Objectives: The purpose of this research was to identify children's semantic access on priming tasks and executive control on interference tasks, and the best predictor of vocabulary size and word learning in children with specific language impairment (SLI). Methods: The study included children between 6 to 9 years of age, 18 children with SLI and 18 children with normal language (NL). Tasks were the Receptive and Expressive Vocabulary Test (REVT-R) which examines acquired vocabulary knowledge, quick incidental learning (QUIL) which assesses word learning capability, and semantic priming and interference tasks which tap the ability to bridge acquired vocabulary knowledge and word learning capability. Results: The results were as follows: the SLI group showed low performance on all tasks compared to NL group; the SLI group did not show any bridging task predicting REVT-R, whereas in the NL group, the accuracy of the semantic priming task predicted REVT-R. Additionally, the speed of the semantic priming task was the best predictor of the QUIL in the SLI group, but the speed of the interference task was the best predictor of QUIL in the NL group. Conclusion: The results indicated that the predictor of word learning skill and the speed of the semantic priming and interference tasks can be used for the SLI and NL groups, respectively. Thus, semantic priming effect on related target words and inhibiting ability for unrelated target words may significantly contribute to word learning.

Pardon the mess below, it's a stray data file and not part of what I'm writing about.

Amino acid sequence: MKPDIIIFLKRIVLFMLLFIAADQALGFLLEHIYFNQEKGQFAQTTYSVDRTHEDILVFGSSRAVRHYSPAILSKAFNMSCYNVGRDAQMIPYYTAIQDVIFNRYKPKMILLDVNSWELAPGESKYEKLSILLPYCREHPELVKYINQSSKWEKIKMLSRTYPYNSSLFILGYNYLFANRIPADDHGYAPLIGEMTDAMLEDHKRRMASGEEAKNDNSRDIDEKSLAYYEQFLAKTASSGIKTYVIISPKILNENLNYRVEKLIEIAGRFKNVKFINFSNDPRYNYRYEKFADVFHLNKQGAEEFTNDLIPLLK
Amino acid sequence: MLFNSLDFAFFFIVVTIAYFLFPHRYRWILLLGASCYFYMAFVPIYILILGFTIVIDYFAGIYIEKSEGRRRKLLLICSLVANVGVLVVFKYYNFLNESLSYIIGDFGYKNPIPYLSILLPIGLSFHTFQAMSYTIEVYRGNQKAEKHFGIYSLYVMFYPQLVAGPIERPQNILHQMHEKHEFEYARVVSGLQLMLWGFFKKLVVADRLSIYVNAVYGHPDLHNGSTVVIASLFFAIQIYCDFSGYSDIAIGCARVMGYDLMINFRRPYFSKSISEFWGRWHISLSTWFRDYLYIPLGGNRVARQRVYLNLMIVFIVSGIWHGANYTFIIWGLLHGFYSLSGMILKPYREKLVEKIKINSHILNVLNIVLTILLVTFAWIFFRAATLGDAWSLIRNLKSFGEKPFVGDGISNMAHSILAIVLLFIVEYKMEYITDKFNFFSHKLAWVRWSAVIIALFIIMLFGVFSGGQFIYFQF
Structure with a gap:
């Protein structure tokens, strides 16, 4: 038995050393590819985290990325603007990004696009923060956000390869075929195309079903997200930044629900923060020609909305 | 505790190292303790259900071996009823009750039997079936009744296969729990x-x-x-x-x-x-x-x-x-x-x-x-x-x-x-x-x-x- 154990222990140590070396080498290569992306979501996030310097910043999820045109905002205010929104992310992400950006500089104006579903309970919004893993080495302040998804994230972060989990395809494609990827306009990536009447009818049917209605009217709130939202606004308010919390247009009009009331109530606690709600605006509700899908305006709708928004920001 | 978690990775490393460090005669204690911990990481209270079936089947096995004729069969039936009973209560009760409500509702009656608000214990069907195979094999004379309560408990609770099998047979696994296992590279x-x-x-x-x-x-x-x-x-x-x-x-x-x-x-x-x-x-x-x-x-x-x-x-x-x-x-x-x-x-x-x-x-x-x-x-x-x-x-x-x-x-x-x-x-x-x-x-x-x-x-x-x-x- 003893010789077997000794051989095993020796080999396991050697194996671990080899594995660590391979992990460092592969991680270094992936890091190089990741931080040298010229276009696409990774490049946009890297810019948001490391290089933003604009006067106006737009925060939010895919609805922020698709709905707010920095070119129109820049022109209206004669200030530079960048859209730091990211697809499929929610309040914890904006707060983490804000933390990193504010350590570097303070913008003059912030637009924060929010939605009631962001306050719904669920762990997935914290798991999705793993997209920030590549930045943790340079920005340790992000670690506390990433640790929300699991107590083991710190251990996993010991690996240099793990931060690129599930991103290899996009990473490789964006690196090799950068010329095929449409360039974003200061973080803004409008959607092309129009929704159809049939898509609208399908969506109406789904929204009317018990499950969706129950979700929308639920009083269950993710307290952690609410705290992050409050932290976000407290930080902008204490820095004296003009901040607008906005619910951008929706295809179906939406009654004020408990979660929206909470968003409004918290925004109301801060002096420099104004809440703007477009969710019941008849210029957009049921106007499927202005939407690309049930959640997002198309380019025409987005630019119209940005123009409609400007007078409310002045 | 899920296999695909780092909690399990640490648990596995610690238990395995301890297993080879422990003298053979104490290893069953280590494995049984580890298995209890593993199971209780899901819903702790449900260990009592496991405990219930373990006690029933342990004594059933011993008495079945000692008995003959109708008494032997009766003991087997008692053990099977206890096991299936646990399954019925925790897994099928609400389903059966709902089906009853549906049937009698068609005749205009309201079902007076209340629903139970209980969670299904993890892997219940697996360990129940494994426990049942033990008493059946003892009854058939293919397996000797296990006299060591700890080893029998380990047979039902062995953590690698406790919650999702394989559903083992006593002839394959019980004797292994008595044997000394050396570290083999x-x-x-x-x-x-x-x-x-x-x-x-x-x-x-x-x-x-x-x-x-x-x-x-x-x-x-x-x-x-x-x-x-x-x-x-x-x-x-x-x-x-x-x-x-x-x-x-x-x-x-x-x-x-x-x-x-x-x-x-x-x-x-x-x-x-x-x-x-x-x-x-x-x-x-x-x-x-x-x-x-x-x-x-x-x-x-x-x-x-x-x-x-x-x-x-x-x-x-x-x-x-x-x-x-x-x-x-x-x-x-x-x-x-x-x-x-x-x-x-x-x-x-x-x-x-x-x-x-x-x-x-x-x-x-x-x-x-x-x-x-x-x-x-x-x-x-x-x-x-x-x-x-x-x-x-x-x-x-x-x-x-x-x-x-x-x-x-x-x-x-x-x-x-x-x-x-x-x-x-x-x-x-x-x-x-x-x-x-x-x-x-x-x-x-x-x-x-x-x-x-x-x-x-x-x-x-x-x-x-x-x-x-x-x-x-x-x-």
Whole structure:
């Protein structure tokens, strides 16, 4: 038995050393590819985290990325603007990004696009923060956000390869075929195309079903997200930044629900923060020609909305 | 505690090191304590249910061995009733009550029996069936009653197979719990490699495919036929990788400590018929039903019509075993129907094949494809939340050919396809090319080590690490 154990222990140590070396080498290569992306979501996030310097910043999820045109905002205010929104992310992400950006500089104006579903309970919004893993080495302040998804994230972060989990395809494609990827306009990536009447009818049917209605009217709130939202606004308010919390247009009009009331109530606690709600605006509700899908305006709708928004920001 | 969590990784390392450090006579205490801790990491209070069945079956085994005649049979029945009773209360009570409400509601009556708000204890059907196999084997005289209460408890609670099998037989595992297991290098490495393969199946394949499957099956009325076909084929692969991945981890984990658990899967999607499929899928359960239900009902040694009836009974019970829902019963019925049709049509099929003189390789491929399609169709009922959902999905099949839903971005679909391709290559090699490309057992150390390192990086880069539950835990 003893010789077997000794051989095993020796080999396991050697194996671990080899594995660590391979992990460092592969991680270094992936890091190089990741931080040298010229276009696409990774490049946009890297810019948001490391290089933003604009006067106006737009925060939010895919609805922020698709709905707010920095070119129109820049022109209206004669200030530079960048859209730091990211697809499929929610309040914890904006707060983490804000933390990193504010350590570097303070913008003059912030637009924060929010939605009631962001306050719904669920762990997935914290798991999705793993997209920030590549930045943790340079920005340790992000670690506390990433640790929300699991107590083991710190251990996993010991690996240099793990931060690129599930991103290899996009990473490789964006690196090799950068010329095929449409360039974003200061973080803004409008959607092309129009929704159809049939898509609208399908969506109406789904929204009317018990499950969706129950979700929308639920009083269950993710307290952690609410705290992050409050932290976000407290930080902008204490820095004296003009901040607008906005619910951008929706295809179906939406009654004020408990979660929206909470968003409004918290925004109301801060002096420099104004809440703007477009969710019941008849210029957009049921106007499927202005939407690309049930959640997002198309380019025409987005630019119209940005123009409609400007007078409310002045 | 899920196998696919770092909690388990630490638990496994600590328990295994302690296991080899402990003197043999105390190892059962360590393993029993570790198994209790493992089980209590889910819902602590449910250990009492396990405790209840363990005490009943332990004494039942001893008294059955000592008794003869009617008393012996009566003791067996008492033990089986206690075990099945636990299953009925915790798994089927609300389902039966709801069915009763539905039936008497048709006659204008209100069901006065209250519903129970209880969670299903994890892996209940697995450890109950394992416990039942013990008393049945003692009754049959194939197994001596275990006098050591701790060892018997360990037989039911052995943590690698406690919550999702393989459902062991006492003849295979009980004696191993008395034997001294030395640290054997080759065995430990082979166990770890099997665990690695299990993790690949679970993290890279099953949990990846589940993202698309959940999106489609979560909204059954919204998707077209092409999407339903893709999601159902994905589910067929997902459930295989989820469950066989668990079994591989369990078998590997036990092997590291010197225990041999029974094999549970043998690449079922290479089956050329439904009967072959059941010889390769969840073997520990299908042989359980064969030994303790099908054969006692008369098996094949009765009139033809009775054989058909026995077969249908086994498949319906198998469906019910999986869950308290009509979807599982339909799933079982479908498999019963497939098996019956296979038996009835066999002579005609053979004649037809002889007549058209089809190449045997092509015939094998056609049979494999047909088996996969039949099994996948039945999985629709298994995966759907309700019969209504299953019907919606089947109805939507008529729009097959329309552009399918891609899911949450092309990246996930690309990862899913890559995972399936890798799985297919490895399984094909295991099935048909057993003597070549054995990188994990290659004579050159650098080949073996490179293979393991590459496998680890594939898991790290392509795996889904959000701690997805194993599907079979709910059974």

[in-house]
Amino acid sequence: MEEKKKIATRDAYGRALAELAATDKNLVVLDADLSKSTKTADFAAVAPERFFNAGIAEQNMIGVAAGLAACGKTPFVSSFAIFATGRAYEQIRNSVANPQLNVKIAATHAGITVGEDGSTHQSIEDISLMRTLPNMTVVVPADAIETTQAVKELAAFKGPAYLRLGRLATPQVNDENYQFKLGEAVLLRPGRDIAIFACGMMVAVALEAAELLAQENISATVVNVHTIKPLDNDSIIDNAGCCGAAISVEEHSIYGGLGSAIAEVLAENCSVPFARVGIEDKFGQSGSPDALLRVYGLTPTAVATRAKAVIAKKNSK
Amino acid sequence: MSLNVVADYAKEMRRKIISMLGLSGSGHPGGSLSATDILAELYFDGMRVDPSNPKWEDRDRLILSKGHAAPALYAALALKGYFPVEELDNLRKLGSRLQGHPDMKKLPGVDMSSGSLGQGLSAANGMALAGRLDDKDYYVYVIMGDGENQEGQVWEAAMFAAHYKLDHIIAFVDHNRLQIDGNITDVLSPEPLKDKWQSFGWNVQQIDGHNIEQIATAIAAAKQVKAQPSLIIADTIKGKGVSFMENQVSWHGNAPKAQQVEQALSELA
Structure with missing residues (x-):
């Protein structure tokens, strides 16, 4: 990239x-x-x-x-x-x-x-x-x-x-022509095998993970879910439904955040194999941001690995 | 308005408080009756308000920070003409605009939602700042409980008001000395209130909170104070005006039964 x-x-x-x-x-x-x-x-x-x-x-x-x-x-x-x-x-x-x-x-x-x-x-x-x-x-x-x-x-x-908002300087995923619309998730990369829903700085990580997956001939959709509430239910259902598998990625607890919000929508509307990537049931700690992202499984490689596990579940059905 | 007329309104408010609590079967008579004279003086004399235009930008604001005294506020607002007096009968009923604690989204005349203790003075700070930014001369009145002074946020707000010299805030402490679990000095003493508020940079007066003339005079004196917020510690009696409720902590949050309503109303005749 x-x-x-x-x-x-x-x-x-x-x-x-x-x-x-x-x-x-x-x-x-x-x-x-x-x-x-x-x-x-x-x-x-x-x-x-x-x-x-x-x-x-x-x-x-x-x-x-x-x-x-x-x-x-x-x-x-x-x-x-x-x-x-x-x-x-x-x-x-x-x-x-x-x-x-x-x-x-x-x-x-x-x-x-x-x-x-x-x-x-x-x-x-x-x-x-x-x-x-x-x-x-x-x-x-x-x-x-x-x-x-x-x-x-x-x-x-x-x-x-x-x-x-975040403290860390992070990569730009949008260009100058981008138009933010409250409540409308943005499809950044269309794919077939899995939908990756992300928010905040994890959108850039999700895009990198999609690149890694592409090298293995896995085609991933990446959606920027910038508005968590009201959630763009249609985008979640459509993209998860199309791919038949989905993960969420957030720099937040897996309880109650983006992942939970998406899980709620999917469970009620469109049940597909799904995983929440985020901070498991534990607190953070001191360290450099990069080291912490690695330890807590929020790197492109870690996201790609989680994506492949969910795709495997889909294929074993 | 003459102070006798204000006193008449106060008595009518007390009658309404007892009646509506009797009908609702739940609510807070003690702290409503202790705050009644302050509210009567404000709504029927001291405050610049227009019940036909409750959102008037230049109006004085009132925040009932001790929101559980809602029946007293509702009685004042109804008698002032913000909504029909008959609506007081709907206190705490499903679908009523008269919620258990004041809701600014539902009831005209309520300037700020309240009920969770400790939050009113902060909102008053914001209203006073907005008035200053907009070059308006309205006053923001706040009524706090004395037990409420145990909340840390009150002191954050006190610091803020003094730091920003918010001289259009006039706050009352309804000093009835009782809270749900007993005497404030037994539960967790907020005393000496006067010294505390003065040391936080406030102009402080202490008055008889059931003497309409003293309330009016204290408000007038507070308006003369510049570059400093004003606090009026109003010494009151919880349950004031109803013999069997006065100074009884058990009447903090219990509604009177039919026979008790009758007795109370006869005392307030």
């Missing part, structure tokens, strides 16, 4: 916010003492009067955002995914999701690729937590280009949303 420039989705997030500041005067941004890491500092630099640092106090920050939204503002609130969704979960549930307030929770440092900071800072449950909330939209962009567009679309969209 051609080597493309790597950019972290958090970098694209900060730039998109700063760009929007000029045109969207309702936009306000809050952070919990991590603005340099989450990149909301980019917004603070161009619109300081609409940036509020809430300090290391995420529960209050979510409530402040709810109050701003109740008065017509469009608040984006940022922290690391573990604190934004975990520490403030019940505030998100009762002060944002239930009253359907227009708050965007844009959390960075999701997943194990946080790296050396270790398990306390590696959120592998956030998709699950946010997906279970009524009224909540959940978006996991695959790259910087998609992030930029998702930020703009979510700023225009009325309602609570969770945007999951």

Bibliographical notePublisher Copyright:
© 2015 Korean Academy of Speech-Language Pathology and Audiology.
- Semantic priming
- Specific language impairment
- Word learning